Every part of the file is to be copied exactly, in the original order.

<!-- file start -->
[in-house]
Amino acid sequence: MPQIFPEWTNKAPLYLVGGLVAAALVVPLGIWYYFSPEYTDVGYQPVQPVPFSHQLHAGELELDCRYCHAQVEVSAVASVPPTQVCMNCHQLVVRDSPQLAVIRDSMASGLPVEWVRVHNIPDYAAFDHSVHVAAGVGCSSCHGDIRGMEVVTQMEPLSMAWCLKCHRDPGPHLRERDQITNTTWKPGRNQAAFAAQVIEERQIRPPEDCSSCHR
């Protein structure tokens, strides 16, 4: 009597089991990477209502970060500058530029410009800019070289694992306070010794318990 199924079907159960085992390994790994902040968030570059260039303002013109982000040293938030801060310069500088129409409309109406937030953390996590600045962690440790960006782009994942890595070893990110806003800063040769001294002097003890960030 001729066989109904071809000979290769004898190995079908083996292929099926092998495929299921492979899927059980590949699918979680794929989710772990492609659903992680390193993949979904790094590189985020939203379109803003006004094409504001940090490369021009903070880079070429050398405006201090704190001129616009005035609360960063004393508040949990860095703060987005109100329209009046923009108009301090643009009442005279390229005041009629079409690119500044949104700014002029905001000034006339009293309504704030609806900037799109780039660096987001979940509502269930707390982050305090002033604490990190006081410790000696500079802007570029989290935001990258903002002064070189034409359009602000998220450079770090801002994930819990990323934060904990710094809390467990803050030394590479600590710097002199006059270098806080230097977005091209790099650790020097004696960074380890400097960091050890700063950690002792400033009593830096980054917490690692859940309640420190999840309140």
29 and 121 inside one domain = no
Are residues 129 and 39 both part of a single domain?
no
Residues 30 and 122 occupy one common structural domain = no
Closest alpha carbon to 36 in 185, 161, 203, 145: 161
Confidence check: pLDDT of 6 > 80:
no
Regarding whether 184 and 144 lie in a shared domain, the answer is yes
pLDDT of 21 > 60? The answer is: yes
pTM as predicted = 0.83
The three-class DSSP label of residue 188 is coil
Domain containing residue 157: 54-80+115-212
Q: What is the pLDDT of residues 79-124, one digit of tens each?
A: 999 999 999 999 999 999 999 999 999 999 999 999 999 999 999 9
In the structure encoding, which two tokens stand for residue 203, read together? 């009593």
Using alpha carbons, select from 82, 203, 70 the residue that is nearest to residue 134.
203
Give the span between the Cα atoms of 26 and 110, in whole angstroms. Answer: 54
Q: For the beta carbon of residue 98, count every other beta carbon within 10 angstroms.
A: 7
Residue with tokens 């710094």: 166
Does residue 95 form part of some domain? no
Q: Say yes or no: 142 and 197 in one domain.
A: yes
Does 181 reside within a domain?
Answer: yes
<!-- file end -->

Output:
[in-house]
Amino acid sequence: MPQIFPEWTNKAPLYLVGGLVAAALVVPLGIWYYFSPEYTDVGYQPVQPVPFSHQLHAGELELDCRYCHAQVEVSAVASVPPTQVCMNCHQLVVRDSPQLAVIRDSMASGLPVEWVRVHNIPDYAAFDHSVHVAAGVGCSSCHGDIRGMEVVTQMEPLSMAWCLKCHRDPGPHLRERDQITNTTWKPGRNQAAFAAQVIEERQIRPPEDCSSCHR
């Protein structure tokens, strides 16, 4: 009597089991990477209502970060500058530029410009800019070289694992306070010794318990 199924079907159960085992390994790994902040968030570059260039303002013109982000040293938030801060310069500088129409409309109406937030953390996590600045962690440790960006782009994942890595070893990110806003800063040769001294002097003890960030 001729066989109904071809000979290769004898190995079908083996292929099926092998495929299921492979899927059980590949699918979680794929989710772990492609659903992680390193993949979904790094590189985020939203379109803003006004094409504001940090490369021009903070880079070429050398405006201090704190001129616009005035609360960063004393508040949990860095703060987005109100329209009046923009108009301090643009009442005279390229005041009629079409690119500044949104700014002029905001000034006339009293309504704030609806900037799109780039660096987001979940509502269930707390982050305090002033604490990190006081410790000696500079802007570029989290935001990258903002002064070189034409359009602000998220450079770090801002994930819990990323934060904990710094809390467990803050030394590479600590710097002199006059270098806080230097977005091209790099650790020097004696960074380890400097960091050890700063950690002792400033009593830096980054917490690692859940309640420190999840309140």
29 and 121 inside one domain = no
Are residues 129 and 39 both part of a single domain?
no
Residues 30 and 122 occupy one common structural domain = no
Closest alpha carbon to 36 in 185, 161, 203, 145: 161
Confidence check: pLDDT of 6 > 80:
no
Regarding whether 184 and 144 lie in a shared domain, the answer is yes
pLDDT of 21 > 60? The answer is: yes
pTM as predicted = 0.83
The three-class DSSP label of residue 188 is coil
Domain containing residue 157: 54-80+115-212
Q: What is the pLDDT of residues 79-124, one digit of tens each?
A: 999 999 999 999 999 999 999 999 999 999 999 999 999 999 999 9
In the structure encoding, which two tokens stand for residue 203, read together? 């009593």
Using alpha carbons, select from 82, 203, 70 the residue that is nearest to residue 134.
203
Give the span between the Cα atoms of 26 and 110, in whole angstroms. Answer: 54
Q: For the beta carbon of residue 98, count every other beta carbon within 10 angstroms.
A: 7
Residue with tokens 């710094």: 166
Does residue 95 form part of some domain? no
Q: Say yes or no: 142 and 197 in one domain.
A: yes
Does 181 reside within a domain?
Answer: yes